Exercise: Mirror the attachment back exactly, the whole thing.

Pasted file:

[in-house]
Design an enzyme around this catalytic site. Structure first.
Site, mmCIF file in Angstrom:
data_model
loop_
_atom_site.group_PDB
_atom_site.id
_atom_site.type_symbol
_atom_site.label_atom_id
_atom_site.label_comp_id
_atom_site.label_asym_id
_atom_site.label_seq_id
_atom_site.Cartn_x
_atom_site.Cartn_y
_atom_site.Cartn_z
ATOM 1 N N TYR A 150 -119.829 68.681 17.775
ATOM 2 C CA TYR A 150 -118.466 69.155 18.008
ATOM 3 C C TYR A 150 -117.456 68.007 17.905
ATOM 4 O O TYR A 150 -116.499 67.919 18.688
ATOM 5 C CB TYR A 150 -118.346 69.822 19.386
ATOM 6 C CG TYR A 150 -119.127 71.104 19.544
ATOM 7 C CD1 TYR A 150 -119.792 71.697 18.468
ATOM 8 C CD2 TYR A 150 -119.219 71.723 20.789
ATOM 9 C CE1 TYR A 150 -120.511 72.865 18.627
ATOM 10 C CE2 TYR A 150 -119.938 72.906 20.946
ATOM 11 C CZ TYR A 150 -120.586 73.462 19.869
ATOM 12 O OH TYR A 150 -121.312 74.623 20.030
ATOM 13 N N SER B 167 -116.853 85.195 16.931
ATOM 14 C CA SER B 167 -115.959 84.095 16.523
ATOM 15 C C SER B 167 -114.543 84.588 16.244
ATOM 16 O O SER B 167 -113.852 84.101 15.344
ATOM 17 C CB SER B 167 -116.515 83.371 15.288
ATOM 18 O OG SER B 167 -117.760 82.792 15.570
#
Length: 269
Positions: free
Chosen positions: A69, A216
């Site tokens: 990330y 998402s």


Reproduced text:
[in-house]
Design an enzyme around this catalytic site. Structure first.
Site, mmCIF file in Angstrom:
data_model
loop_
_atom_site.group_PDB
_atom_site.id
_atom_site.type_symbol
_atom_site.label_atom_id
_atom_site.label_comp_id
_atom_site.label_asym_id
_atom_site.label_seq_id
_atom_site.Cartn_x
_atom_site.Cartn_y
_atom_site.Cartn_z
ATOM 1 N N TYR A 150 -119.829 68.681 17.775
ATOM 2 C CA TYR A 150 -118.466 69.155 18.008
ATOM 3 C C TYR A 150 -117.456 68.007 17.905
ATOM 4 O O TYR A 150 -116.499 67.919 18.688
ATOM 5 C CB TYR A 150 -118.346 69.822 19.386
ATOM 6 C CG TYR A 150 -119.127 71.104 19.544
ATOM 7 C CD1 TYR A 150 -119.792 71.697 18.468
ATOM 8 C CD2 TYR A 150 -119.219 71.723 20.789
ATOM 9 C CE1 TYR A 150 -120.511 72.865 18.627
ATOM 10 C CE2 TYR A 150 -119.938 72.906 20.946
ATOM 11 C CZ TYR A 150 -120.586 73.462 19.869
ATOM 12 O OH TYR A 150 -121.312 74.623 20.030
ATOM 13 N N SER B 167 -116.853 85.195 16.931
ATOM 14 C CA SER B 167 -115.959 84.095 16.523
ATOM 15 C C SER B 167 -114.543 84.588 16.244
ATOM 16 O O SER B 167 -113.852 84.101 15.344
ATOM 17 C CB SER B 167 -116.515 83.371 15.288
ATOM 18 O OG SER B 167 -117.760 82.792 15.570
#
Length: 269
Positions: free
Chosen positions: A69, A216
């Site tokens: 990330y 998402s």